Crafting mouthwatering homemade beef jerky in a dehydrator is much simpler than you think. With minimal effort, you can enjoy better than store-bought beef jerky at a fraction of the price.
Whenever I go backpacking, my favorite snack to pack is beef jerky. It is pretty much the only time I buy it. At upwards of $20 a pound at grocery stores, it just doesn't make the final cut on the everyday shopping list very often. Yet, it still remains one of my favorite snacks. However, I enjoy making my own homemade beef jerky far more often, which is more affordable and tastes every bit as good!
Homemade Beef Jerky
There are two ways to make homemade beef jerky in your dehydrator. You can make ground beef jerky using a jerky gun, or you can use thinly sliced lean beef for traditional beef jerky. This is a fairly simple beef jerky recipe using thinly sliced lean beef.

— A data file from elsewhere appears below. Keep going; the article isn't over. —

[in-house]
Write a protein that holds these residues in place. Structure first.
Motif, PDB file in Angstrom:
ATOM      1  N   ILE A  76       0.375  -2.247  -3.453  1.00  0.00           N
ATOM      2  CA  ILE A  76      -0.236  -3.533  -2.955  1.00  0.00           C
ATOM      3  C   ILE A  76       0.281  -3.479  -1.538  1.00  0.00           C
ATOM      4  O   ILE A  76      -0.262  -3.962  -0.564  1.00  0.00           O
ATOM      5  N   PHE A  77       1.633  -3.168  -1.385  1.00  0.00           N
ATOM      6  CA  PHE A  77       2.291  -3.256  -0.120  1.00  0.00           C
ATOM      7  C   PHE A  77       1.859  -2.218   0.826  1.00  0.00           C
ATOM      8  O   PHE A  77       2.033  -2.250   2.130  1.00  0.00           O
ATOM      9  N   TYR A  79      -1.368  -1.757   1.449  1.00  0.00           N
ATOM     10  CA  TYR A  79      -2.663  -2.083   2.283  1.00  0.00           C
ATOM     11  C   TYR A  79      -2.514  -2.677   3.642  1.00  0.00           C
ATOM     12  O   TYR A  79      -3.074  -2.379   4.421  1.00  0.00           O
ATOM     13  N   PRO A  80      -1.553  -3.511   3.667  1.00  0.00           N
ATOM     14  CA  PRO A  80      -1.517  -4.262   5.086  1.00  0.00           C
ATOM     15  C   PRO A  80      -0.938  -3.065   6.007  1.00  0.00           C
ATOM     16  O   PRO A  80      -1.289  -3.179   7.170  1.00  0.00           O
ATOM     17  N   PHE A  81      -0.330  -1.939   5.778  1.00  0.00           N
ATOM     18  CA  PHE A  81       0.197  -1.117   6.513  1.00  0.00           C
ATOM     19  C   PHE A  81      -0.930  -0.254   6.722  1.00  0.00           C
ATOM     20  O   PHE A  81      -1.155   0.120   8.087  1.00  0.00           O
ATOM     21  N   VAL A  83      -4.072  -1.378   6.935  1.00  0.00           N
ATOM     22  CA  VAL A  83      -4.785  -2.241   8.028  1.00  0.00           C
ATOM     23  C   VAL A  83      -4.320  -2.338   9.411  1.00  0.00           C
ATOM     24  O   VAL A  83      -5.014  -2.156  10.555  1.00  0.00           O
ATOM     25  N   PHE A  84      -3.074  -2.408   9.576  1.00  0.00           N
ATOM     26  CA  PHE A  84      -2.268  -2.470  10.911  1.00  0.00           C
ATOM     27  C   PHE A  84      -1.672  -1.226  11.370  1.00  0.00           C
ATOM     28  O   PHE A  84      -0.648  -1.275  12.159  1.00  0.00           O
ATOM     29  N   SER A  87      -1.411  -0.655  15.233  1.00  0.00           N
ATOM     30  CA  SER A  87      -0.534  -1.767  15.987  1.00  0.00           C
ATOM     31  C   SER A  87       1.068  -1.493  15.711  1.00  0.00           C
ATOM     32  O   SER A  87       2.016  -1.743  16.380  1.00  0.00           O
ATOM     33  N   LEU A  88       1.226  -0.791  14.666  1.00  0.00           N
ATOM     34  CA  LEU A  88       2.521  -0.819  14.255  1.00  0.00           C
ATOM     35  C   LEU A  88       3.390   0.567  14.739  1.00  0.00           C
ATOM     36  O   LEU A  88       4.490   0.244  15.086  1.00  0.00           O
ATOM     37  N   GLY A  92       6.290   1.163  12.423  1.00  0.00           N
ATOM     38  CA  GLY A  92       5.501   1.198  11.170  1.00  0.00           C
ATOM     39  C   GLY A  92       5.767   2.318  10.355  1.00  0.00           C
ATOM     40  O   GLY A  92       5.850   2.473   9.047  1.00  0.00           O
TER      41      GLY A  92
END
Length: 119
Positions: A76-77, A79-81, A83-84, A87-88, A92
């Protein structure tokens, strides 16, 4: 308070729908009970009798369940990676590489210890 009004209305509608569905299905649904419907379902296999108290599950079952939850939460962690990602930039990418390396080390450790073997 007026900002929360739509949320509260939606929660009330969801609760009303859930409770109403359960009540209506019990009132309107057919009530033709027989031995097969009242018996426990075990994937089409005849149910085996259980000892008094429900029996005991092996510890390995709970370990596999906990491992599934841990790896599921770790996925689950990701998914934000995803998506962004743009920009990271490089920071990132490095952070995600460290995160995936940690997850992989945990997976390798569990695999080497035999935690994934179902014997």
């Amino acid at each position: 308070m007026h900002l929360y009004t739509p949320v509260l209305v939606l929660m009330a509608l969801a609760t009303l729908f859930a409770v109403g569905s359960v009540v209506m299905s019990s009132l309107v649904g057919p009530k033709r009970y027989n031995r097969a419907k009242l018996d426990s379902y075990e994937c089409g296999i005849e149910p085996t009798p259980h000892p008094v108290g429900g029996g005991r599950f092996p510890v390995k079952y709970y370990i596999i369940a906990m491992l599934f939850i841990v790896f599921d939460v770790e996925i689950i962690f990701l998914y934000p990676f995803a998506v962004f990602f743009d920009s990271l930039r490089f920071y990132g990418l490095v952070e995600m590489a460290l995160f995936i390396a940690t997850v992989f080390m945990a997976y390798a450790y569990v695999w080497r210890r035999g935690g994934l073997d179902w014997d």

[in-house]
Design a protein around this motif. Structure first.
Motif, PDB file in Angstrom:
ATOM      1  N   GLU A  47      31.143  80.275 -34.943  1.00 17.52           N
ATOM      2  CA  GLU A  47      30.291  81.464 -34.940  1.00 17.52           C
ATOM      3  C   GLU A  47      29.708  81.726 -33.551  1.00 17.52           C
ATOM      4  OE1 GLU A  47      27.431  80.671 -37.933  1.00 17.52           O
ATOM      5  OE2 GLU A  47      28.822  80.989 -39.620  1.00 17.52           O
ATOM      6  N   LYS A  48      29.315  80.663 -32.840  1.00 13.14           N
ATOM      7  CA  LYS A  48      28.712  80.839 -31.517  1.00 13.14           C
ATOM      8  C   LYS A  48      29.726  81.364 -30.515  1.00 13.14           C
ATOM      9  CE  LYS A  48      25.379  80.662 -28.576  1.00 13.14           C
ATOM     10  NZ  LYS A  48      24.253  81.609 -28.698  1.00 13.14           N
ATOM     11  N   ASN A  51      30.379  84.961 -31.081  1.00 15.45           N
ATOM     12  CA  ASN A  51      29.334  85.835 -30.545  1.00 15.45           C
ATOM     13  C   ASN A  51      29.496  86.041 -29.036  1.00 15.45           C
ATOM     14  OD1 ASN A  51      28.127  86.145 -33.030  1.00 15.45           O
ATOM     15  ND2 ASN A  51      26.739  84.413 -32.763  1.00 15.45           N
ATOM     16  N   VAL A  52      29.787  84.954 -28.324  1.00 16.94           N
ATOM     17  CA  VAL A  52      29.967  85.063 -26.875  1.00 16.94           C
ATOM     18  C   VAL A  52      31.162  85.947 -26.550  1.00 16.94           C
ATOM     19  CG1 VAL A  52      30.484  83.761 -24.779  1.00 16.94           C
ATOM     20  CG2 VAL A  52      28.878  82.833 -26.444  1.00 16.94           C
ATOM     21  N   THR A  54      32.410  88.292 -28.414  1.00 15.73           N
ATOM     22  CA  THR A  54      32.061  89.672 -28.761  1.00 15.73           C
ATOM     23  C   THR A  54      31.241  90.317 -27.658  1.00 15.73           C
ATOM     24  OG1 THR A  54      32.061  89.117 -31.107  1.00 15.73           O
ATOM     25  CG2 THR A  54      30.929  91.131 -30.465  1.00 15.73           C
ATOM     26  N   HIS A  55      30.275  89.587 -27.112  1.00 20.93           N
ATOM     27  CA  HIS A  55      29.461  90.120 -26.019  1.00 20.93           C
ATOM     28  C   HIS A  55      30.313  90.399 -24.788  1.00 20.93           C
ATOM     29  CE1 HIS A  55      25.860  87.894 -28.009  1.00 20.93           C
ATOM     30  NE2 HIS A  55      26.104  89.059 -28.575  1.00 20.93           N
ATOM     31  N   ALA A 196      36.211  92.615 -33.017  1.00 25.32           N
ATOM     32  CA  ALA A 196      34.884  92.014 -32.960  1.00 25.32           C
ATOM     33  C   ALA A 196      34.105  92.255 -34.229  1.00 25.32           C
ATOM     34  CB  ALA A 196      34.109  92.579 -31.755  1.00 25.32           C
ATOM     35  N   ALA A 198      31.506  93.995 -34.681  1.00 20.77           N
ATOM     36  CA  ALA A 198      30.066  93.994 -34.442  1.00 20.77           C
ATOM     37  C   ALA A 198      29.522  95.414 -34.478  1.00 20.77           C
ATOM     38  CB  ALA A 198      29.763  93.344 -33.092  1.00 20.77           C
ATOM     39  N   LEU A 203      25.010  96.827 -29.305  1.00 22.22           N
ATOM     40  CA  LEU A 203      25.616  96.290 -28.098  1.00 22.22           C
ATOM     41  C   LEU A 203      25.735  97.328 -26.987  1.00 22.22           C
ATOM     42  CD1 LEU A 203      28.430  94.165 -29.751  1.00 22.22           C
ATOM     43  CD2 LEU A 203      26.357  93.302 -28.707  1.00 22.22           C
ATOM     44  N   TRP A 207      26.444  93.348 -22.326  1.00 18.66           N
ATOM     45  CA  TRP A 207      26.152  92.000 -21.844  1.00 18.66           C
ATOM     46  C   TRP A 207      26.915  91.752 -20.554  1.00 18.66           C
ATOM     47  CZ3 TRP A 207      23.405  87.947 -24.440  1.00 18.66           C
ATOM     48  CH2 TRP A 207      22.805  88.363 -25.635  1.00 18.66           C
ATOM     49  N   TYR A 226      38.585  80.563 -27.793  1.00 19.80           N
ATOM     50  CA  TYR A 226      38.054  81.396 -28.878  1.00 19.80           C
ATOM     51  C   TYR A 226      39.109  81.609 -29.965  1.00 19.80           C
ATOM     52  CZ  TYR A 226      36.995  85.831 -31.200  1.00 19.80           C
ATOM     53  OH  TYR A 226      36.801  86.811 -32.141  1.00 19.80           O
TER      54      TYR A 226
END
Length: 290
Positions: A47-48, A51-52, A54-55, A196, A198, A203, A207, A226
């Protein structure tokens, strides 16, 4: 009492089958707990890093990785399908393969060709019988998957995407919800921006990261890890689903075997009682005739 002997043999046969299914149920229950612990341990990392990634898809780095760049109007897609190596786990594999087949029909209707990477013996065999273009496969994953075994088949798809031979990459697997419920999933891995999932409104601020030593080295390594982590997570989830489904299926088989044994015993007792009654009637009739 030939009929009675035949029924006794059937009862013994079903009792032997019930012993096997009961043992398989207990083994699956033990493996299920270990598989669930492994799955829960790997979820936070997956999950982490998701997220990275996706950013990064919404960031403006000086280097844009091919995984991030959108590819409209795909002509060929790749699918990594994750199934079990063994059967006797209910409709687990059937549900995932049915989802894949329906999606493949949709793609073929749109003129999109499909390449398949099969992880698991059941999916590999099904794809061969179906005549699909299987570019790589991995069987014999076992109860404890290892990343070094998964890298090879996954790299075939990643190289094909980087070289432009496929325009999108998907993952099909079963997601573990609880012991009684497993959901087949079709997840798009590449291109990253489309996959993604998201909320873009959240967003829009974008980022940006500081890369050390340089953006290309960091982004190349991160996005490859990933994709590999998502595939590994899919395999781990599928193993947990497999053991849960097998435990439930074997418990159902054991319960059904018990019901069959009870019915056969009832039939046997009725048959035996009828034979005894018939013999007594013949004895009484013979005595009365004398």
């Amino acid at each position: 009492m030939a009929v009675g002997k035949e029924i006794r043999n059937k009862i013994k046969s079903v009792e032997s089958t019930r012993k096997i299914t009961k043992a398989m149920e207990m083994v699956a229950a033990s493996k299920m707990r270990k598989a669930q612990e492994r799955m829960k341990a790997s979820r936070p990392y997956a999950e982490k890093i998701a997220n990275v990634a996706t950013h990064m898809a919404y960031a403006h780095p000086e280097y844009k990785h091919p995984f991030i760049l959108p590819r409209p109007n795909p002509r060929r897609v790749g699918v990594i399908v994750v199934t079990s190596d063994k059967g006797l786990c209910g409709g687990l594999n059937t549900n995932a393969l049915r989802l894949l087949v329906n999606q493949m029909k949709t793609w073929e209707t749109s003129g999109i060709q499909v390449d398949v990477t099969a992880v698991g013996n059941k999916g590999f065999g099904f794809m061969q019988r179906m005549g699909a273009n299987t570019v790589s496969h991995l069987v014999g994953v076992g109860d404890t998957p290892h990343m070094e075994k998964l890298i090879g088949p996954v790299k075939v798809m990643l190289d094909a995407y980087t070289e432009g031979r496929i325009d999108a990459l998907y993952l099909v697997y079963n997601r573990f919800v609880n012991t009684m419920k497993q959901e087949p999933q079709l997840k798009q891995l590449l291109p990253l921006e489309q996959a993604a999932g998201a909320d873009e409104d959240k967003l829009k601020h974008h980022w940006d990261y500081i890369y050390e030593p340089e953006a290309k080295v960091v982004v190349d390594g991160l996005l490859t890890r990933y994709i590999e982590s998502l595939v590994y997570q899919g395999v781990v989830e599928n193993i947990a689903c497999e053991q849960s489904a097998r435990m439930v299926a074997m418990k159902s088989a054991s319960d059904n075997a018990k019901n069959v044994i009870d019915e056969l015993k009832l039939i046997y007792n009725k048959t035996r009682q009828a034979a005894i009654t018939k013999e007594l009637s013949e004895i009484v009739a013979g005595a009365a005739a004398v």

Not only does using thinly sliced beef not require specialized tools, like a jerky cannon, but it is also healthier because you aren't using fatty cuts of meat.
What cut of beef is best for jerky?
The best cut of meat for beef jerky is any type of round roast. This includes the eye or round, top round, and bottom round roasts. They are nice and meaty, reasonably priced, and almost fat-free! Fat adds flavor to many dishes, but in beef jerky it just gets stuck in your teeth! I like lean cuts of beef without too much fat, like round roasts, because each bite is consistently meaty.
An honorable mention would be a London broil. London broils are also a great lean cut of meat for jerky, although it is typically a flank steak the name is used interchangeably with a variety of cuts at times.